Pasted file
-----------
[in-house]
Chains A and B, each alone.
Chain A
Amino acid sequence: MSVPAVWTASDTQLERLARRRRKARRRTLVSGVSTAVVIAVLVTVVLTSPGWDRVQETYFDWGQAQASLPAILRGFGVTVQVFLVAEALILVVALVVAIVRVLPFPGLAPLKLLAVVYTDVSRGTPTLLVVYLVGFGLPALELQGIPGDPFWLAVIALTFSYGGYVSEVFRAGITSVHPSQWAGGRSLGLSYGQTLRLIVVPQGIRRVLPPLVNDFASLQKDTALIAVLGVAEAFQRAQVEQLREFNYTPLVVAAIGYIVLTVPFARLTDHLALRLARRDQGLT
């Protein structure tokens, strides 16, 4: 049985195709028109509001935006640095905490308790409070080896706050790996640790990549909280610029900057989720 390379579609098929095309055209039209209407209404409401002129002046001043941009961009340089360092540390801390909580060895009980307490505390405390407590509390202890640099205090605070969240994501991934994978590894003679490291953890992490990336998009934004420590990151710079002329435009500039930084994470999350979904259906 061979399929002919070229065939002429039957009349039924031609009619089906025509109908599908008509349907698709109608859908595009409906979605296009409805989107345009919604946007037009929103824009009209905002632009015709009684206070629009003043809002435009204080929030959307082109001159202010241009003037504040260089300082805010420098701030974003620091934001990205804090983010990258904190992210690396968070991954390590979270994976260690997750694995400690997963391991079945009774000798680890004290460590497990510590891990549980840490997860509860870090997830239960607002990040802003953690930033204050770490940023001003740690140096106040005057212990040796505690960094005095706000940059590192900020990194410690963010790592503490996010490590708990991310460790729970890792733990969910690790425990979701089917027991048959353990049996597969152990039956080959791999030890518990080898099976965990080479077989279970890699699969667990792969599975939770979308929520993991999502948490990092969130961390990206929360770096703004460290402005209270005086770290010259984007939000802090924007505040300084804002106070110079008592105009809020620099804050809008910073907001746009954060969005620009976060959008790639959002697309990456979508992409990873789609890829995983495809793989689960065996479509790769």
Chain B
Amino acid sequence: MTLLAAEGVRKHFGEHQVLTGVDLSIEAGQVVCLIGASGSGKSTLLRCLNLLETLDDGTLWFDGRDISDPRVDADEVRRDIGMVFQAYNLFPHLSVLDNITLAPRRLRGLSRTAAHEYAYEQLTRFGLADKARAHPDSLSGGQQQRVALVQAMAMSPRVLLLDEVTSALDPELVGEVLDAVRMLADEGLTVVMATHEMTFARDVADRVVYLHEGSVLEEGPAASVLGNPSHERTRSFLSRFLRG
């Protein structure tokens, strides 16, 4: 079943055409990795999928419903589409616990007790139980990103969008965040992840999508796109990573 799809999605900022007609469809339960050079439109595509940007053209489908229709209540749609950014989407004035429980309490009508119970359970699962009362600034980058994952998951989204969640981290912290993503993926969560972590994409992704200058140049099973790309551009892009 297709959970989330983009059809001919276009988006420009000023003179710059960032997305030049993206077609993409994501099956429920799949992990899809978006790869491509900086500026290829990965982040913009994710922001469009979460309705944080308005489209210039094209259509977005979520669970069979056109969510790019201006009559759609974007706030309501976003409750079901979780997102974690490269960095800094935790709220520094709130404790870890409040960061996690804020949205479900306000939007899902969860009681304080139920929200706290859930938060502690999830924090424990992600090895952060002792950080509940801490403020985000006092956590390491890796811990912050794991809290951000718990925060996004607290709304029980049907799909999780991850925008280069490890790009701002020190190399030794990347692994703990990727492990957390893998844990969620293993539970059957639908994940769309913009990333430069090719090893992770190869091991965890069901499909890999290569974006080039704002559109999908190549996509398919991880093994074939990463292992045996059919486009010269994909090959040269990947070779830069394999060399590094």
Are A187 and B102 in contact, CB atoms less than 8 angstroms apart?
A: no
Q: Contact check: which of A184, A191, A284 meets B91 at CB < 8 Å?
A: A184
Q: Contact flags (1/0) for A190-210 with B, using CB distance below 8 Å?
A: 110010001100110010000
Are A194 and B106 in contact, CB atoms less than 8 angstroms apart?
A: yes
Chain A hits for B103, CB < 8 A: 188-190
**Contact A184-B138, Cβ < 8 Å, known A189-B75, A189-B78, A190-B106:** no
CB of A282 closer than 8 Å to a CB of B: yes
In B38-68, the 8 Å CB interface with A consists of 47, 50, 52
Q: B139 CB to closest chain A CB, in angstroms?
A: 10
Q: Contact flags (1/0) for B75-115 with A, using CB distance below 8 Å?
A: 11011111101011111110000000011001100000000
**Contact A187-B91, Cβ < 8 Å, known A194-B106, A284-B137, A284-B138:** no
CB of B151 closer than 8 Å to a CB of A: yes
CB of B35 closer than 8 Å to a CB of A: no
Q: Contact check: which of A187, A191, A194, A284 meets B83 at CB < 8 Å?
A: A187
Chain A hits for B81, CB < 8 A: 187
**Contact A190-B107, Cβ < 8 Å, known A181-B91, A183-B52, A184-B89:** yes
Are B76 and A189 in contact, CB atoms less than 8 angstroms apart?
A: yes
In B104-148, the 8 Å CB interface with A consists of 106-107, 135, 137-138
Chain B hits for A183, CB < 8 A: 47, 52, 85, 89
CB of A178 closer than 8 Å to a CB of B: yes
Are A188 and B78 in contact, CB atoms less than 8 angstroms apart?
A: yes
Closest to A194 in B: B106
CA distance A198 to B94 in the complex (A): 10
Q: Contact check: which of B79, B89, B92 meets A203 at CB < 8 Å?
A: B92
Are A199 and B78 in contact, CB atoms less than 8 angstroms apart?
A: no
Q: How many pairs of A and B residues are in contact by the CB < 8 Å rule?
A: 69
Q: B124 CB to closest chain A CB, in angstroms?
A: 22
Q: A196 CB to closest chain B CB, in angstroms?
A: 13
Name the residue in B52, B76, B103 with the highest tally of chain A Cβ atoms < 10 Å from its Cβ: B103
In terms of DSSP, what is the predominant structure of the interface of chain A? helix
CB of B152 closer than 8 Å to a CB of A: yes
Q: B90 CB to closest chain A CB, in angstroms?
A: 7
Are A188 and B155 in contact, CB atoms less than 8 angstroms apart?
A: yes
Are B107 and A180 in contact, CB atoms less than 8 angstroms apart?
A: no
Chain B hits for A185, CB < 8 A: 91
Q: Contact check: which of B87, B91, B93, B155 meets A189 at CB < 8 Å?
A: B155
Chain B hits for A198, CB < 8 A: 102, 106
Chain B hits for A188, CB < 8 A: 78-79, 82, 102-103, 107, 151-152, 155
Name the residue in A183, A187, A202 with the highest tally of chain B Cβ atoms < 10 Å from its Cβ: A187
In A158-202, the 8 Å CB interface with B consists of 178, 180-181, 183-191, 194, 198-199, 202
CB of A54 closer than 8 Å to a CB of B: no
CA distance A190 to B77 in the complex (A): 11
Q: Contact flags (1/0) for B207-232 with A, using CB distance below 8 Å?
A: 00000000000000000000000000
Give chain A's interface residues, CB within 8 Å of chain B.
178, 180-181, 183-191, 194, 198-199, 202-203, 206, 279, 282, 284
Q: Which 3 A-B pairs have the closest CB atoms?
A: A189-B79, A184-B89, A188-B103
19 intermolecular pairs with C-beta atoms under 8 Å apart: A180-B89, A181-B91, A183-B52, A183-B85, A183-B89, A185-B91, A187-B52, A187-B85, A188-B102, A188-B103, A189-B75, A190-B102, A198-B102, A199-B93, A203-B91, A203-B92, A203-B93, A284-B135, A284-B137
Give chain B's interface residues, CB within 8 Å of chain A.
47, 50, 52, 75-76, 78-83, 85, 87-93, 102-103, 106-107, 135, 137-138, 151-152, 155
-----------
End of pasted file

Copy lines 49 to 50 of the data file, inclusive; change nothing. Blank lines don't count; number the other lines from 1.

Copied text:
Q: A196 CB to closest chain B CB, in angstroms?
A: 13